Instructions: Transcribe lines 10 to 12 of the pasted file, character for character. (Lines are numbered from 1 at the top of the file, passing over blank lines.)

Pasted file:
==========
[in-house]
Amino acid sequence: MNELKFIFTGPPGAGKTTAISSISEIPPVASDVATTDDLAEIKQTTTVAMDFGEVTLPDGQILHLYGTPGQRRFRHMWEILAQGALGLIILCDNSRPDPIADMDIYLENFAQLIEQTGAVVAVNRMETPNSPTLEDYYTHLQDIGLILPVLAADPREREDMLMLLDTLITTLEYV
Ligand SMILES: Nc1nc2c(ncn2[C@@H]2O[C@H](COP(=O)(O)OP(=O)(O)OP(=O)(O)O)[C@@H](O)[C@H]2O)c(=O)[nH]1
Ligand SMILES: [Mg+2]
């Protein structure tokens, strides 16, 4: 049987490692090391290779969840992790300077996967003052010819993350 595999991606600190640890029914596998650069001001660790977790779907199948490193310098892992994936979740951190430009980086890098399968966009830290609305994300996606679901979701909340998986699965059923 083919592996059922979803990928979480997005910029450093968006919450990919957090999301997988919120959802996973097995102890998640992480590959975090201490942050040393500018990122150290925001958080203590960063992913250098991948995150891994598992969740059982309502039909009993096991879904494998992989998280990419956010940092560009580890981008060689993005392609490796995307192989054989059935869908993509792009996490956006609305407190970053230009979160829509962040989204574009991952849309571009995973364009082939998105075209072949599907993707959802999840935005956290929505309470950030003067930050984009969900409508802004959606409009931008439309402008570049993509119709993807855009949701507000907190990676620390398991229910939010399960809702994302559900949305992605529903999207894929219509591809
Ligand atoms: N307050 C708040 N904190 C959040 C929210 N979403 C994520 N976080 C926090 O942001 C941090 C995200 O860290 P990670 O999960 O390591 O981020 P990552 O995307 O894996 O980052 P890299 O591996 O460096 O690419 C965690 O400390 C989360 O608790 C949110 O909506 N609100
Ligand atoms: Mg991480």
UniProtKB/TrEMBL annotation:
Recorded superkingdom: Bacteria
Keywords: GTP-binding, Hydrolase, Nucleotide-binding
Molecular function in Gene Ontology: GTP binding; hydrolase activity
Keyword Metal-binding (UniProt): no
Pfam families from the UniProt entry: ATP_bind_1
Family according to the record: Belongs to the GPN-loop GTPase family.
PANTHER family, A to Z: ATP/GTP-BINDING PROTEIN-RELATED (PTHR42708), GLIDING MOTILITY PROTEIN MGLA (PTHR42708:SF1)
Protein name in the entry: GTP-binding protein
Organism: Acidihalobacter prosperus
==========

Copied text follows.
Keywords: GTP-binding, Hydrolase, Nucleotide-binding
Molecular function in Gene Ontology: GTP binding; hydrolase activity
Keyword Metal-binding (UniProt): no